Hiroshi Goseki started his career as an apprentice to the living national treasure, Jun Isezaki, father of Koichiro Isezaki.
The Isezaki family, famously known for their lengthy generational history in Bizenware, became essential towards Hiroshi Goseki's artistic career.
The philosophoes of Bizen Pottery, including the appreciation of material and patience through firing started to bleed into his own artistic practice.
After his apprenticeship, taking his newfound knowledge and experience with Bizen, Hiroski Goseki was anxious to build a kiln in Bizen; however, due to land restrictions, he failed to achieve this vision.
Instead, he was able to rent some land in Ibaragi Prefecture in the isolated countryside and there, he established his home and studio practice.
He is surrounded by trees and nature. He collects and cuts fresh firewood from his surroundings and uses them to fire his kiln.
"I spend more time using a chainsaw and axe to cut firewood than I do making work on the potter's wheel"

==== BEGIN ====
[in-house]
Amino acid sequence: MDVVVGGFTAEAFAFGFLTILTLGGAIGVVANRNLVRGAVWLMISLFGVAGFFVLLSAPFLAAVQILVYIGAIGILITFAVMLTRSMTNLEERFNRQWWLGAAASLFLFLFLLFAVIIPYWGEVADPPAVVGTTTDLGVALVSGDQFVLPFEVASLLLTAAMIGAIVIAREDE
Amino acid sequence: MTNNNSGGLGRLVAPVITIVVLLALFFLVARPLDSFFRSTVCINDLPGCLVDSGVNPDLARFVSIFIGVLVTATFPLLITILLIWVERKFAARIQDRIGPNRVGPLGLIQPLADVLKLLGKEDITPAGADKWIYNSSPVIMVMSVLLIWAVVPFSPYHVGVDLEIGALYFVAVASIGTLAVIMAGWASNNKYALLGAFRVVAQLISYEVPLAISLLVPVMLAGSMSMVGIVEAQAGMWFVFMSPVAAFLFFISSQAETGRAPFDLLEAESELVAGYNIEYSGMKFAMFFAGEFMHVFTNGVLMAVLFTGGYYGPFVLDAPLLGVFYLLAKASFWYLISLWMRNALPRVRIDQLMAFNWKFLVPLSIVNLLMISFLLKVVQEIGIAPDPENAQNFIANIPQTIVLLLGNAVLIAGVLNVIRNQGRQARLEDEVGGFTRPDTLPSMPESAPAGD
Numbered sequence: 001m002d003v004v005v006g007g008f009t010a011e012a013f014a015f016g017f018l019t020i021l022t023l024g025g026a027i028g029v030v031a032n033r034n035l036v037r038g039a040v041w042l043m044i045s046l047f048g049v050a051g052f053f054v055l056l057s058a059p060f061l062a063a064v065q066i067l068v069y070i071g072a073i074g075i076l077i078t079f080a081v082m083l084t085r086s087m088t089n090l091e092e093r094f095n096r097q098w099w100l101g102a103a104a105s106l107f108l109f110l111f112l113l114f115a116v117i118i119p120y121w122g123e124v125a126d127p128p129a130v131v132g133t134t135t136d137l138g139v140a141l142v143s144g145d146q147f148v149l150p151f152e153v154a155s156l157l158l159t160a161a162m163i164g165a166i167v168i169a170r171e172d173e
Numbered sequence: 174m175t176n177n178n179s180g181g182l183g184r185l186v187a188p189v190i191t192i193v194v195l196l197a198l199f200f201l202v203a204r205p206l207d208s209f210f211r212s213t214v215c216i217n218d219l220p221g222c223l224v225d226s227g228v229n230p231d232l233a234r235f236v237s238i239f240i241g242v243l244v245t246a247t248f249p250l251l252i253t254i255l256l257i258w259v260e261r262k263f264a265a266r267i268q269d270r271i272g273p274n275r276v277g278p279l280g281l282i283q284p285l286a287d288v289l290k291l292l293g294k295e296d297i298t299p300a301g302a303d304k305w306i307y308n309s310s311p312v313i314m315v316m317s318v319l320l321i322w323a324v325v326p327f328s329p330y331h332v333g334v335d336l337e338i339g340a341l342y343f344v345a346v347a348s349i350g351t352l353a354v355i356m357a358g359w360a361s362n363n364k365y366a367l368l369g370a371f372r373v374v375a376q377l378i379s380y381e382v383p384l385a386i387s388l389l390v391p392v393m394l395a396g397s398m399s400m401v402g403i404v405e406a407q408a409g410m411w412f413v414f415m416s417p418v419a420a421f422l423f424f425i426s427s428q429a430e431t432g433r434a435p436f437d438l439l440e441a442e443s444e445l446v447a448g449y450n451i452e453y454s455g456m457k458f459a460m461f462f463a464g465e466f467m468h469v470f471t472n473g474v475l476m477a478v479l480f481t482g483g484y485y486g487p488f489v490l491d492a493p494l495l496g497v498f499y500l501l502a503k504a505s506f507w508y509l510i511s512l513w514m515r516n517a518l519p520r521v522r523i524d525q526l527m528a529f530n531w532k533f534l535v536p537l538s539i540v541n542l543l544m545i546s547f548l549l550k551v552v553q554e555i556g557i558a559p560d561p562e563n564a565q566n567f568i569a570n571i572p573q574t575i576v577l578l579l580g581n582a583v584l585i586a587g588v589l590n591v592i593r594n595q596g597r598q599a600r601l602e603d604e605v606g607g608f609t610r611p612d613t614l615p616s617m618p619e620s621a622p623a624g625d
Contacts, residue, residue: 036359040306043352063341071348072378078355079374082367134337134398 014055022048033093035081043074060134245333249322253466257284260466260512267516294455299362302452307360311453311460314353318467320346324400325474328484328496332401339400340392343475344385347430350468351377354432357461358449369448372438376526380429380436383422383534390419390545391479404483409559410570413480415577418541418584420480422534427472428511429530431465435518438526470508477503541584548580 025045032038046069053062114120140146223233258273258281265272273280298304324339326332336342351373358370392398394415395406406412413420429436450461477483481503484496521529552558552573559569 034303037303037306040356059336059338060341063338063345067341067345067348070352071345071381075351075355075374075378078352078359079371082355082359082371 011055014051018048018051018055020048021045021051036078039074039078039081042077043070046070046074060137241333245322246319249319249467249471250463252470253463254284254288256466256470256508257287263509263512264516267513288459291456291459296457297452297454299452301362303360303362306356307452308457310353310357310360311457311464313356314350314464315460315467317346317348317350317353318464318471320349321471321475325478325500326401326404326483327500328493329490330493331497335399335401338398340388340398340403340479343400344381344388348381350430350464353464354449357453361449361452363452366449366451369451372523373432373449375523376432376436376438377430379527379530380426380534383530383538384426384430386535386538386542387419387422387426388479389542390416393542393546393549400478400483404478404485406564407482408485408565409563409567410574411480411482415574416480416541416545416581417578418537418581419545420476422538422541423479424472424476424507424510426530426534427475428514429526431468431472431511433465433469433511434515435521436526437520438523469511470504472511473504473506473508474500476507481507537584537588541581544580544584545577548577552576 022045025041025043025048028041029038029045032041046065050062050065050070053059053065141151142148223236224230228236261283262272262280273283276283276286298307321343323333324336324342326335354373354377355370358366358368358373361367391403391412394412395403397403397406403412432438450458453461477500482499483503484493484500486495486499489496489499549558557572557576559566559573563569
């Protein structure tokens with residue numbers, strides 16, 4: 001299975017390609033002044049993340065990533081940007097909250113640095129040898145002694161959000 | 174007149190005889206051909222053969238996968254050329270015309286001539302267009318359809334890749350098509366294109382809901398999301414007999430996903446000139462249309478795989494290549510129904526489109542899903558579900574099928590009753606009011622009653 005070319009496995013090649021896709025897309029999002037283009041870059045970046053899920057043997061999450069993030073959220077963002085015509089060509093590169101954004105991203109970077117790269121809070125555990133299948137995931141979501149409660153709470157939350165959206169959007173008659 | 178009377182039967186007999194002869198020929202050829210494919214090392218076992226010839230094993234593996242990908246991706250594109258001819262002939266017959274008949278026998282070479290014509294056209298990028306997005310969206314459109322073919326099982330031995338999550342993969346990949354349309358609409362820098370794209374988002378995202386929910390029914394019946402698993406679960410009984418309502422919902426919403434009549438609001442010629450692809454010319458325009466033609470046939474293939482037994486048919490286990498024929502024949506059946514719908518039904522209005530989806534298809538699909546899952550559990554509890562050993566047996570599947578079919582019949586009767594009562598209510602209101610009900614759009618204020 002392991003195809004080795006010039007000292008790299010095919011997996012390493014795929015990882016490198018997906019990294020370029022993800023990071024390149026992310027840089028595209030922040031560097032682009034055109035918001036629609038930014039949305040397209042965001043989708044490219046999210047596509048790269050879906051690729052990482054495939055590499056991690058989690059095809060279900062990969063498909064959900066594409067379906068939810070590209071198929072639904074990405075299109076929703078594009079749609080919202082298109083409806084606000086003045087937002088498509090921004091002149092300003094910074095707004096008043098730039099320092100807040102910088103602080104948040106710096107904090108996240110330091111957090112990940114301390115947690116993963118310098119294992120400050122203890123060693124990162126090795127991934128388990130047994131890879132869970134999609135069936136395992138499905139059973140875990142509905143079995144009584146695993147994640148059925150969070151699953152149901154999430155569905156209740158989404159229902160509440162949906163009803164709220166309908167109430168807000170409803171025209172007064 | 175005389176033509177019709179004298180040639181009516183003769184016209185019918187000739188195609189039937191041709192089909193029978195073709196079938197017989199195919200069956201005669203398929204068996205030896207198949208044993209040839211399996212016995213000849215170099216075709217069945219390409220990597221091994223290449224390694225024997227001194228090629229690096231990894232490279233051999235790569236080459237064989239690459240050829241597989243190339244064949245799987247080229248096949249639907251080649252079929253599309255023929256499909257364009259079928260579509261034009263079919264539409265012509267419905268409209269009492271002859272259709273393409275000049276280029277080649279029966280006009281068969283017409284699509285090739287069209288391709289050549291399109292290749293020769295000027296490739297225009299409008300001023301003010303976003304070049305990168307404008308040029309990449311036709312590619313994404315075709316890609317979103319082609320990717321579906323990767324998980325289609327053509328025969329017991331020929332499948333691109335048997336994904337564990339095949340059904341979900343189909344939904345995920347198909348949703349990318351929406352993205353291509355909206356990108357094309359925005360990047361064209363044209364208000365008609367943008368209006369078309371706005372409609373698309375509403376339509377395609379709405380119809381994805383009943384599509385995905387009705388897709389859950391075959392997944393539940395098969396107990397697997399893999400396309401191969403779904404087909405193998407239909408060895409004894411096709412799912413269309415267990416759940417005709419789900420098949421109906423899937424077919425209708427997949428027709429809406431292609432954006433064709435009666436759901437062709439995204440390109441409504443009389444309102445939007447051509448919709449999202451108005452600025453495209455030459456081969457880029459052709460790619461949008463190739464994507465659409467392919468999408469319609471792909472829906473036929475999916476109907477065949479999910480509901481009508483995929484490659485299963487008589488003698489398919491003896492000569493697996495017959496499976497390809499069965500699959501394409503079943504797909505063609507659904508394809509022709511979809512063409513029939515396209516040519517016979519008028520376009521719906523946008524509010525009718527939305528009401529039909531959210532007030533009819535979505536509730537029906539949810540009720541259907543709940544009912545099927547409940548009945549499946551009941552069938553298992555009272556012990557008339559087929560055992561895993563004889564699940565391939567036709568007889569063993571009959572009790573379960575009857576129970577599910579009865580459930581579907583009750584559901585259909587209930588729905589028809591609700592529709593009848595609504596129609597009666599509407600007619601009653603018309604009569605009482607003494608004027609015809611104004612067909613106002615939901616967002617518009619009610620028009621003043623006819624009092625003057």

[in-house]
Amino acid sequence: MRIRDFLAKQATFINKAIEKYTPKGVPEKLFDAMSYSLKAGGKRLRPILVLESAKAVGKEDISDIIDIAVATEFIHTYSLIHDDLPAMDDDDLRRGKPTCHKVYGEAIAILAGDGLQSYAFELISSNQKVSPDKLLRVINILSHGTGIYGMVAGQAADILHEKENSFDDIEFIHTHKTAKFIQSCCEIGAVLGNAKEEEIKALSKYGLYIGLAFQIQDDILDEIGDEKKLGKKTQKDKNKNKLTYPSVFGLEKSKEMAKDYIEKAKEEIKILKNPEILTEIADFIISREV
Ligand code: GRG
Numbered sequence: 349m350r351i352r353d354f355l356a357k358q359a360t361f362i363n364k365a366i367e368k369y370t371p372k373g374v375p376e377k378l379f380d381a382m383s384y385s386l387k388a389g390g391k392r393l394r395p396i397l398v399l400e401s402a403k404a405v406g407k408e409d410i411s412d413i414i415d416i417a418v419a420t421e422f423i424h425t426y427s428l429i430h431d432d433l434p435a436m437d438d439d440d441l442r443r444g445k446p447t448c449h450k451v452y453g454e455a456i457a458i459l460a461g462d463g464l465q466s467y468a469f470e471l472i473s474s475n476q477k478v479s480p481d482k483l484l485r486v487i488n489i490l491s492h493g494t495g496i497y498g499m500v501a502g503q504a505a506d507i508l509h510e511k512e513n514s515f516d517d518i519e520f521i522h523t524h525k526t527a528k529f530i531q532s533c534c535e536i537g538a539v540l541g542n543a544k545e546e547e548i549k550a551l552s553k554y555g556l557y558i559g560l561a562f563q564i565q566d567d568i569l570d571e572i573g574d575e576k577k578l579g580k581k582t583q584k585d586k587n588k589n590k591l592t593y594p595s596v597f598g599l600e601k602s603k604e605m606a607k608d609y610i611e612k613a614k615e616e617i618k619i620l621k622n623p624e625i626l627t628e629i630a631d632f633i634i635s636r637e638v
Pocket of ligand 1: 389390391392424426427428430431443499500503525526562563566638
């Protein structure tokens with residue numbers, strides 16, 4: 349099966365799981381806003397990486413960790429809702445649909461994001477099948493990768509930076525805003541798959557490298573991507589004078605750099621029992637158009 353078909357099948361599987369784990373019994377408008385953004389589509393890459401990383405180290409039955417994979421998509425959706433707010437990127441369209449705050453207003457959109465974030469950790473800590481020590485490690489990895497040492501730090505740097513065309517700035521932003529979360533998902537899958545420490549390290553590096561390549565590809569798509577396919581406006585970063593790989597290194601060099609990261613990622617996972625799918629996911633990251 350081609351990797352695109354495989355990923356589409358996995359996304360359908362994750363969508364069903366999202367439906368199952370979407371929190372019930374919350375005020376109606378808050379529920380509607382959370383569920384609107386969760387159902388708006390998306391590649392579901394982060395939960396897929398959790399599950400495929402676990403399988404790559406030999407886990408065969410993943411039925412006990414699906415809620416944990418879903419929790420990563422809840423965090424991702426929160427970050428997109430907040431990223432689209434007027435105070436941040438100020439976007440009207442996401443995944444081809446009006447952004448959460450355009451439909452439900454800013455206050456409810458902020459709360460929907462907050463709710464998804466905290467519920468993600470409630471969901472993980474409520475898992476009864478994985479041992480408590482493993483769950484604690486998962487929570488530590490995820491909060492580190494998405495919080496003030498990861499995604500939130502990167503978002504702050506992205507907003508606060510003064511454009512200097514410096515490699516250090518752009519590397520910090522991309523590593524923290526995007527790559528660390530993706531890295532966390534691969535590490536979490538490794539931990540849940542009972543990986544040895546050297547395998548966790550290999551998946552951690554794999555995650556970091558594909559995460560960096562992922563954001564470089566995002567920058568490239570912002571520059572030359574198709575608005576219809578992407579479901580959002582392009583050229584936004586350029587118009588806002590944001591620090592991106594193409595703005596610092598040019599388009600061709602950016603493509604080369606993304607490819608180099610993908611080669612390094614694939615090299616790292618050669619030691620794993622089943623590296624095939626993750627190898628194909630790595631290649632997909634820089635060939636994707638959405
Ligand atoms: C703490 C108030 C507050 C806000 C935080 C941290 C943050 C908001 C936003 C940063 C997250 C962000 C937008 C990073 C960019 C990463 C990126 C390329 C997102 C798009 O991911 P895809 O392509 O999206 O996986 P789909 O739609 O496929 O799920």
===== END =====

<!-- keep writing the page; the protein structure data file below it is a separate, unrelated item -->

His forms are in flux, the shapes are constructed partly on the potter's wheel and party through handbuilding. The soft yet full bodied forms are coated in a matt glaze with beautiful earthy colors and vibrant navy blues. When looking closely, one can see the influence of Bizen in his work. The flow of the glaze on the black tea bowls are central yet spontaneous on the surface of the form. The red flashing characteristics on the white clay body reflect that of traditional Hidasuki firing techniques and aesthetics.
The undulating lip on his forms feel almost as if the clay had been organically torn from the form itself. The lip is charming and unique and as the form is held in the palm of the hand, the warmth of the firing seems to radiate through the object and into the soul of the viewer.